Finally, and sorry to be a pain, could you give me advice on sensor cleaning. I have read numerous different ways of doing this, but I have read a lot of your posts and trust your judgement. Also there seem to be a lot of products available to clean sensors with, again, any advice would be much appreciated

I use a Really Right Stuff B31A Slider for extremely close-in macro focusing. To use this, both your camera and tripod head need to be equipped with standard Arca-Swiss style quick release fitments (a plate on the camera and a clamp on the tripod). They also make a gear rack model that is more precise and expensive, but I don't really find the need for that. Another manufacturer that makes this stuff is Novoflex.

Look it up at: http://www.reallyrightstuff.com/

Yes you need a very sturdy tripod, head, and clamp system. And - it must stand on firm ground. If only part of the insect you describe is in focus, then shake may not be your problem. Investigate:

1) Not enough depth of field - stop down to a smaller aperture
2) The bug moved out of the focus plane - use dead bugs  
3) The wind blew - take several shot and wait for a calm

Sensor cleaning? I've tried many things but never got to like anything that well. For the rare occasion when I need a wet cleaning, I use a Copper Hill Paddle with a Pec Pad and Eclipse fluid (Google for this stuff). Normally, I just hold the camera upside down in a clean area, give it a few shots with a rubber bulb blower, and then use that very expensive Visual Dust brush according to directions (again, Google). This isn't always perfect but is far handier and much less nerve-racking than wet cleaning. A tiny amount of dust is a non-issue for me. I seldom get to shoot any grand landscape skies where this stuiff shows that much and if it does, that little bandaid tool in Photoshop works magic.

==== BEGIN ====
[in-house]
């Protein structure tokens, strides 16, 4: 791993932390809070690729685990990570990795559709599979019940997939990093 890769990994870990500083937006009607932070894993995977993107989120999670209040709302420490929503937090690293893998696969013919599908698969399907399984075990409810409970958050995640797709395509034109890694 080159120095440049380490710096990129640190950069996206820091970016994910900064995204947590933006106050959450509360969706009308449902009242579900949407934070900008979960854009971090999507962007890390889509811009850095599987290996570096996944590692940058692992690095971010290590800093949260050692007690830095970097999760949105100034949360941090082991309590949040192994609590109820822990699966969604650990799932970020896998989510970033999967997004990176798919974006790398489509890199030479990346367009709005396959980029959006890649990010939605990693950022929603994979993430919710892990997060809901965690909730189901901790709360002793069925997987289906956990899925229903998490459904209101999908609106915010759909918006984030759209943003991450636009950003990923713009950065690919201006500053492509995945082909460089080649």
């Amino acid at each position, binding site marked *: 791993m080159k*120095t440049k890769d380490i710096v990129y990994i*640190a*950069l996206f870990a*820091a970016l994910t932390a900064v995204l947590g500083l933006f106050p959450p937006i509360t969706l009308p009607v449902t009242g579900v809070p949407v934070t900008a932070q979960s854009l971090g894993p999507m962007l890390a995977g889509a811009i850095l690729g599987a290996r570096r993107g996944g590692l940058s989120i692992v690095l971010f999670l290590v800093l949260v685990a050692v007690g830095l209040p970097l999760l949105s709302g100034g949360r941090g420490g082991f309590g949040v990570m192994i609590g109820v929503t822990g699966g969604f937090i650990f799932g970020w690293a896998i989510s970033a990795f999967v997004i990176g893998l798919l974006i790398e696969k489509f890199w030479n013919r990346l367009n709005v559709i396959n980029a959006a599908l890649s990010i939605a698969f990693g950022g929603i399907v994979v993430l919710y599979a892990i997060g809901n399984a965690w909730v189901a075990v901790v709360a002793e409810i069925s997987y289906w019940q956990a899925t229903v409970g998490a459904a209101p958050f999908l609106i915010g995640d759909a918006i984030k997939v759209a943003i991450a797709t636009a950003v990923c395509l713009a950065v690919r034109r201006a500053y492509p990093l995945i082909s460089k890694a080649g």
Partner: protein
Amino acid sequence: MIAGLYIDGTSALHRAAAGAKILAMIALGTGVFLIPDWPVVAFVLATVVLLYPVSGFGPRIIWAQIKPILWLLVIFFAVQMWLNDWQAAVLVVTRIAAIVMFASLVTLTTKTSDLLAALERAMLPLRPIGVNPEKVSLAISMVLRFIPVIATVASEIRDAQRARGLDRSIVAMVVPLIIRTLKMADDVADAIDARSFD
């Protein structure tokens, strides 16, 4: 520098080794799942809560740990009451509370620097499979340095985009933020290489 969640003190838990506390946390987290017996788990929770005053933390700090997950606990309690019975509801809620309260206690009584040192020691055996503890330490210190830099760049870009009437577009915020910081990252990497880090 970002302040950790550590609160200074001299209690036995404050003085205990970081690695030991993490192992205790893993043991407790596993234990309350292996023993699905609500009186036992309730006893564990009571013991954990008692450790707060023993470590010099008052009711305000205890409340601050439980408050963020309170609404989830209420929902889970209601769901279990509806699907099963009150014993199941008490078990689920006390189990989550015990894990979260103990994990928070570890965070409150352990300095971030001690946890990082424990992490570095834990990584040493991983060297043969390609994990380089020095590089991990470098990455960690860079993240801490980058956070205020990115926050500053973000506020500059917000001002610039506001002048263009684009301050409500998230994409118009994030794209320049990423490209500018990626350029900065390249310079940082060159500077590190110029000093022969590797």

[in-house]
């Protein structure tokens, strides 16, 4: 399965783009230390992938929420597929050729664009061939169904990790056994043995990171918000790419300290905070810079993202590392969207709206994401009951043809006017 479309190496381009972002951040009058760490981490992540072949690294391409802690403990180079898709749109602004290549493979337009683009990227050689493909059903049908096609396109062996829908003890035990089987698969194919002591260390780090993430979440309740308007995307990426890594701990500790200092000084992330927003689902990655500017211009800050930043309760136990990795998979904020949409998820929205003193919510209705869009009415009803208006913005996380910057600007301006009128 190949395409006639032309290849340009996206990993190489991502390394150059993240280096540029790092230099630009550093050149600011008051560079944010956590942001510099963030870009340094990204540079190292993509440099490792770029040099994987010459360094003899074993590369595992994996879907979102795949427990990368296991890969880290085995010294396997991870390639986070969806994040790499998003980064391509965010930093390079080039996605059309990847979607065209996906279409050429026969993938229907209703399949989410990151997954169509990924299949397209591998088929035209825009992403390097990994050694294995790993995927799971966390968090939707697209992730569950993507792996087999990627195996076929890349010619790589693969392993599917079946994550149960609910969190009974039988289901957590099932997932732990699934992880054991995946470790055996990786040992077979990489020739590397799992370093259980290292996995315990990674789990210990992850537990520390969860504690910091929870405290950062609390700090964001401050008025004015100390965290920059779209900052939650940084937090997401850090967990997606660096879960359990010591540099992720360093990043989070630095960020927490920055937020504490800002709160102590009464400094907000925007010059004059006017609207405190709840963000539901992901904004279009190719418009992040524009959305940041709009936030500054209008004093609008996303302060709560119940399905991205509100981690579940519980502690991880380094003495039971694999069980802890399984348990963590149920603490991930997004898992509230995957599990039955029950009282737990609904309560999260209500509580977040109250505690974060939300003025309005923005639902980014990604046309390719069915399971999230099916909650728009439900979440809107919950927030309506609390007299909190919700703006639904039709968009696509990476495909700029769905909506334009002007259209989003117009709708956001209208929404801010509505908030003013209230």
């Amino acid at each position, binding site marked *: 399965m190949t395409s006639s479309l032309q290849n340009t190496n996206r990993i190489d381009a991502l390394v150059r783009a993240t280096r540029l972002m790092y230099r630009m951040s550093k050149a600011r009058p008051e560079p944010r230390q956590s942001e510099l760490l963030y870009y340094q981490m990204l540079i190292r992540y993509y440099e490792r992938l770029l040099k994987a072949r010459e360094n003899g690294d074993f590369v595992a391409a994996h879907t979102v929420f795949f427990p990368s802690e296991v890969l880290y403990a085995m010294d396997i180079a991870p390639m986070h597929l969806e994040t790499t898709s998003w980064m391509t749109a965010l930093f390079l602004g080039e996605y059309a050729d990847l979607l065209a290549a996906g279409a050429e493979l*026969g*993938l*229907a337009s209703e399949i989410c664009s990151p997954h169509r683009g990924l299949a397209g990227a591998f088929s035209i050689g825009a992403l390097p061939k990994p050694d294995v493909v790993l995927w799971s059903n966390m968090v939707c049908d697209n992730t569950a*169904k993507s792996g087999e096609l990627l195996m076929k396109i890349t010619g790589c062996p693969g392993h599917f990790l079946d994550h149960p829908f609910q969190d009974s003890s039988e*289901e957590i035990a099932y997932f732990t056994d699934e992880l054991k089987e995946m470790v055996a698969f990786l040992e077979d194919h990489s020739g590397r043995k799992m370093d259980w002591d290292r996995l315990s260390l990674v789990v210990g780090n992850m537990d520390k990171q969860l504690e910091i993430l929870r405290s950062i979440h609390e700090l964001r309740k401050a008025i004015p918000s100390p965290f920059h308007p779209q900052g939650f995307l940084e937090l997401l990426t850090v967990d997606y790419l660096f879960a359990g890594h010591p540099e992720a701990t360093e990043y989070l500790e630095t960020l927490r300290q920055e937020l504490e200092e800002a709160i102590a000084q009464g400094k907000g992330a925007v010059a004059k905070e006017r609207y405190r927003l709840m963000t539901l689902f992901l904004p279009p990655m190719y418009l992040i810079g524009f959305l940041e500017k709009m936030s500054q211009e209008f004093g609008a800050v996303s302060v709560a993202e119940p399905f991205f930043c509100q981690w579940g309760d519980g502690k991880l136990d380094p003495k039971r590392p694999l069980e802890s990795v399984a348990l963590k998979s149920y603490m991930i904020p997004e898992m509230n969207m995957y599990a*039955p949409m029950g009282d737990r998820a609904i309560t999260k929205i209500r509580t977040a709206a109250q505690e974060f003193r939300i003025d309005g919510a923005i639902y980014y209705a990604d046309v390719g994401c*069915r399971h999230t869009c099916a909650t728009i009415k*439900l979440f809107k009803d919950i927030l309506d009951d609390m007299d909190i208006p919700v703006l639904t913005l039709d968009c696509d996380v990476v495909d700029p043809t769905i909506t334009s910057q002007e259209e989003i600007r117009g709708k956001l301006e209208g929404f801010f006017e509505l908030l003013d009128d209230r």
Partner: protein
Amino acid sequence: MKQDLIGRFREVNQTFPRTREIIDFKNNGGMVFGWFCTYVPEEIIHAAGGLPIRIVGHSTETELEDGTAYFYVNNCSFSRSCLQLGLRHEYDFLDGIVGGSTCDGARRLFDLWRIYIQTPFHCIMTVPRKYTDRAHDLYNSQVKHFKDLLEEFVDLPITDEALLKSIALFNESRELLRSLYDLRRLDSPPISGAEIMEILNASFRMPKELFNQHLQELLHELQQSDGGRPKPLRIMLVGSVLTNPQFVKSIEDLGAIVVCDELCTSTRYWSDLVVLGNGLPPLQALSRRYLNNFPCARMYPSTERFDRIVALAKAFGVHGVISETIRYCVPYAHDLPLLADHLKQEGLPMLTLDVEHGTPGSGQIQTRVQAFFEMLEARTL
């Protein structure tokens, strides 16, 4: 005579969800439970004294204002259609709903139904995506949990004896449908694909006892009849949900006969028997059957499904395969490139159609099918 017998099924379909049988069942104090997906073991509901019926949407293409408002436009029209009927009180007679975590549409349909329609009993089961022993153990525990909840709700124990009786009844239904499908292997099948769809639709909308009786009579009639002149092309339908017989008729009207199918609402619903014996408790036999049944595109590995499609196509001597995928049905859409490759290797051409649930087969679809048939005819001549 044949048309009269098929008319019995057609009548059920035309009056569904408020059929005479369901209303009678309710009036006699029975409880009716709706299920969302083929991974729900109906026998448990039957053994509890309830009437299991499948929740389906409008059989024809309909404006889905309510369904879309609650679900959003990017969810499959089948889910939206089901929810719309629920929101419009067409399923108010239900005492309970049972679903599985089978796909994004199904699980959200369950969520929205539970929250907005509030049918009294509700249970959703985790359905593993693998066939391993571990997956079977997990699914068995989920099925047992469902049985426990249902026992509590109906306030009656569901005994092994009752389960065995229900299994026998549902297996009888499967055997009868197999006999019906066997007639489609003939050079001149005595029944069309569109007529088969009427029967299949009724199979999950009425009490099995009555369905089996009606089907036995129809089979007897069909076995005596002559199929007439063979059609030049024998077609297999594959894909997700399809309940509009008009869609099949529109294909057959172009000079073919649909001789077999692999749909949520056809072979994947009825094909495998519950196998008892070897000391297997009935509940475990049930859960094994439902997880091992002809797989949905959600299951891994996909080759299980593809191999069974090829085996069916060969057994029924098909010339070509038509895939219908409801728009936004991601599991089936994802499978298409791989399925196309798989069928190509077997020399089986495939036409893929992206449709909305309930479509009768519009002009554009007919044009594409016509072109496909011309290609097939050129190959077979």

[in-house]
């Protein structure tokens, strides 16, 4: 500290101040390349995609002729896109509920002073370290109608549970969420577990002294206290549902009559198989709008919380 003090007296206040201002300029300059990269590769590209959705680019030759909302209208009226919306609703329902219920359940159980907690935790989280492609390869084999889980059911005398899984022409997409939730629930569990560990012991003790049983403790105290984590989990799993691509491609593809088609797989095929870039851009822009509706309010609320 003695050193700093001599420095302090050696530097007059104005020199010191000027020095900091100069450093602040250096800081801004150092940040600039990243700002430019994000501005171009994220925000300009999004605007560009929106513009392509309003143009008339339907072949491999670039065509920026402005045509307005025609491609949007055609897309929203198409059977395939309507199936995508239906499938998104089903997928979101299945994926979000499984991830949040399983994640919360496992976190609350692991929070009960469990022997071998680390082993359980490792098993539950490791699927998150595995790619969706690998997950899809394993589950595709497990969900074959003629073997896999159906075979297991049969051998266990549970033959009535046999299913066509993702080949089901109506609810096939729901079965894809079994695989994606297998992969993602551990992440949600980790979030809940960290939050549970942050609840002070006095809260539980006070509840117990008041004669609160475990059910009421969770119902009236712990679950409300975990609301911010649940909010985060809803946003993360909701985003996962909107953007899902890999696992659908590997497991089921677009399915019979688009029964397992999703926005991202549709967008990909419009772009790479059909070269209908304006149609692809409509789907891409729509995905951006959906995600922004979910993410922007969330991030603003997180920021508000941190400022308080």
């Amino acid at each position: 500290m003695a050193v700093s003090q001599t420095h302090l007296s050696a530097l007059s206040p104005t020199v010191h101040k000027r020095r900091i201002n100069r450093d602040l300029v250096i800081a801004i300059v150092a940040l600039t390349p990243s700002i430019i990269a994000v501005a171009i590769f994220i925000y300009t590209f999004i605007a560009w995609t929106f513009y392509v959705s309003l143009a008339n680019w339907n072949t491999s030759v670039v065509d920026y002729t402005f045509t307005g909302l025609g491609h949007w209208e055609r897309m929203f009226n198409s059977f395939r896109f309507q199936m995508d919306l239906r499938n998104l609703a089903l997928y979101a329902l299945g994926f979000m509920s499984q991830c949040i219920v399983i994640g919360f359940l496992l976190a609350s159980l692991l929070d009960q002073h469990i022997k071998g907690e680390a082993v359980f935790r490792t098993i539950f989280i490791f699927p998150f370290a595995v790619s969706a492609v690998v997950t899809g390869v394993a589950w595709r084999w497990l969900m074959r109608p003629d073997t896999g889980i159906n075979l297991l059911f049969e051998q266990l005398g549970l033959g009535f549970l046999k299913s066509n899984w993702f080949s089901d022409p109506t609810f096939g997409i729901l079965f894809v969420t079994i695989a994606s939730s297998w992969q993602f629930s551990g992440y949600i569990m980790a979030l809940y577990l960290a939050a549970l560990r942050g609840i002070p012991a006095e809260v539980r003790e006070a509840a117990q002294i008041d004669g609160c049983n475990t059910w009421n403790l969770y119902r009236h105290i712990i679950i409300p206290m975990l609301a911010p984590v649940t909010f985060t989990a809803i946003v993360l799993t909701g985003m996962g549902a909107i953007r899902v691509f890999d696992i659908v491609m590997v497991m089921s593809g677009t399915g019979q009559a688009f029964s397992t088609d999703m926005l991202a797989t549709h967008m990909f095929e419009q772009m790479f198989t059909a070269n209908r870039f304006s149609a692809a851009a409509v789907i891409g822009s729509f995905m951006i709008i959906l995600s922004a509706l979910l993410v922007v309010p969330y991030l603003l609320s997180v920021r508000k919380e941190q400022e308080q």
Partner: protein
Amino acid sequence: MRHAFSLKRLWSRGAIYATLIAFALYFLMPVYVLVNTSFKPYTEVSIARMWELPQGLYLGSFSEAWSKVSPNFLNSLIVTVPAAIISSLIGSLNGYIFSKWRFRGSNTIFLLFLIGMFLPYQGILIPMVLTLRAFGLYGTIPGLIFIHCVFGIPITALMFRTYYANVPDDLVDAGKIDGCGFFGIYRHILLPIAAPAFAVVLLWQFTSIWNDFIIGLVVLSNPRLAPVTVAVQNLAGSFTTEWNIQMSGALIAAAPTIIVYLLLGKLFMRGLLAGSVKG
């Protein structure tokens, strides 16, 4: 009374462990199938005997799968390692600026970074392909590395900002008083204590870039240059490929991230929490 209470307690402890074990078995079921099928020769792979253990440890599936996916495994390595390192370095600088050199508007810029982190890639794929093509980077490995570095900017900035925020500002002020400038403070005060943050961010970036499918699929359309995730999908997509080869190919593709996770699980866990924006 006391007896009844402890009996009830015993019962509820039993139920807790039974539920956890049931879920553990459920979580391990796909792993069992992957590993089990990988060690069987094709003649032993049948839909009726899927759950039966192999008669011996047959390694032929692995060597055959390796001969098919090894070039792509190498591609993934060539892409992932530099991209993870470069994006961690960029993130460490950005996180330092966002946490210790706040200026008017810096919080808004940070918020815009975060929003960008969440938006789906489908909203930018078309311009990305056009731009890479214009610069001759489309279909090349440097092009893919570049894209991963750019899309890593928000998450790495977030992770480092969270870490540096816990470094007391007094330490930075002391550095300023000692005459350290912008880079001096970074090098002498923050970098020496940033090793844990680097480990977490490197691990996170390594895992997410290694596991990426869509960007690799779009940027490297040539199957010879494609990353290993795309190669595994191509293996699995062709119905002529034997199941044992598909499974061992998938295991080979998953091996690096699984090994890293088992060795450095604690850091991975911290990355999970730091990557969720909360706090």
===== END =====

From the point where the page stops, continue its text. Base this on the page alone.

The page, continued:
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Bob Kulon

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Play it Straight and Play it True, my Brother.
drh681
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« Reply #11 on: July 01, 2005, 02:46:43 PM »
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I'm going to ask, how old is this camera?

I've been looking for some answers about close focusing problems with 20D bodies. (three! and all focused in front of the subject,  sometimes as much as 2 inches. it is driving me nuts)
the common answer has been "send it in for adjustment".
that is right, a 1400$ camera needs to be "adjusted" right out of the box!
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ARD
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« Reply #12 on: July 03, 2005, 07:32:40 AM »
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Camera is about 1 month old, from purchase. I have updated to latest firmware.

After reading all of the replies - 'boku' (thanks friend) in particular I think that the camera set up is fine and I just need to experiment more.

A focusing rail seems a very good piece of equipment to get, theres a few on ebay if you don't mind used equipment
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ARD
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« Reply #13 on: July 12, 2005, 08:08:30 AM »
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I'm getting better at it now. My initial problem was the focal length. I now shoot from anywhere between f16-f32.

Also I bought a focusing rail. This is a Manfrotto unit and it allows for much finer focusing.

All I need now is a more sturdy Tripod to take the additional weight  but overall the shots I am getting are good.

I'll set up one of those web based photo hosting pages later today and post a few up.
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Evan
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« Reply #14 on: July 21, 2005, 12:14:15 PM »
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Has anybody used the canon twin macro flash?  I've been looking at that, but I haven't tried one yet.  It looks a little clumsy with all the cords and such, but gives a lot of freedom for placing the light.